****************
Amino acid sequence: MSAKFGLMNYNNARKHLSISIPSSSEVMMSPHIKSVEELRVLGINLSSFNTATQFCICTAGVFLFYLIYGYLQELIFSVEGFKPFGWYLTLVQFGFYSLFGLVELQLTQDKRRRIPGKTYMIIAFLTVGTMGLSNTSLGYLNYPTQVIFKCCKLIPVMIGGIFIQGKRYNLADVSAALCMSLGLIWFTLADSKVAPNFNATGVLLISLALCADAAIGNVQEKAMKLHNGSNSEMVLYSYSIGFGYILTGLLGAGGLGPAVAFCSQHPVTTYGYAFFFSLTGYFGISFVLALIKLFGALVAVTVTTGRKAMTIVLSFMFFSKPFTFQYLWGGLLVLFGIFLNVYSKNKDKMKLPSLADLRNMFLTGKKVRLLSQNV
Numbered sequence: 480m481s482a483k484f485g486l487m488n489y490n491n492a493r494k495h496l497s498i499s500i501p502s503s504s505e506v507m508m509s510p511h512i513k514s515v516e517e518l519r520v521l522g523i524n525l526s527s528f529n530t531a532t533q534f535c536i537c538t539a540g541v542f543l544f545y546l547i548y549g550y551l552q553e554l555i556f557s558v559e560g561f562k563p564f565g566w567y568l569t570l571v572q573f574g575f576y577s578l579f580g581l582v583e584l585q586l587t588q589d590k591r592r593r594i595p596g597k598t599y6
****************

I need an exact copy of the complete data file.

Amino acid sequence: MSAKFGLMNYNNARKHLSISIPSSSEVMMSPHIKSVEELRVLGINLSSFNTATQFCICTAGVFLFYLIYGYLQELIFSVEGFKPFGWYLTLVQFGFYSLFGLVELQLTQDKRRRIPGKTYMIIAFLTVGTMGLSNTSLGYLNYPTQVIFKCCKLIPVMIGGIFIQGKRYNLADVSAALCMSLGLIWFTLADSKVAPNFNATGVLLISLALCADAAIGNVQEKAMKLHNGSNSEMVLYSYSIGFGYILTGLLGAGGLGPAVAFCSQHPVTTYGYAFFFSLTGYFGISFVLALIKLFGALVAVTVTTGRKAMTIVLSFMFFSKPFTFQYLWGGLLVLFGIFLNVYSKNKDKMKLPSLADLRNMFLTGKKVRLLSQNV
Numbered sequence: 480m481s482a483k484f485g486l487m488n489y490n491n492a493r494k495h496l497s498i499s500i501p502s503s504s505e506v507m508m509s510p511h512i513k514s515v516e517e518l519r520v521l522g523i524n525l526s527s528f529n530t531a532t533q534f535c536i537c538t539a540g541v542f543l544f545y546l547i548y549g550y551l552q553e554l555i556f557s558v559e560g561f562k563p564f565g566w567y568l569t570l571v572q573f574g575f576y577s578l579f580g581l582v583e584l585q586l587t588q589d590k591r592r593r594i595p596g597k598t599y6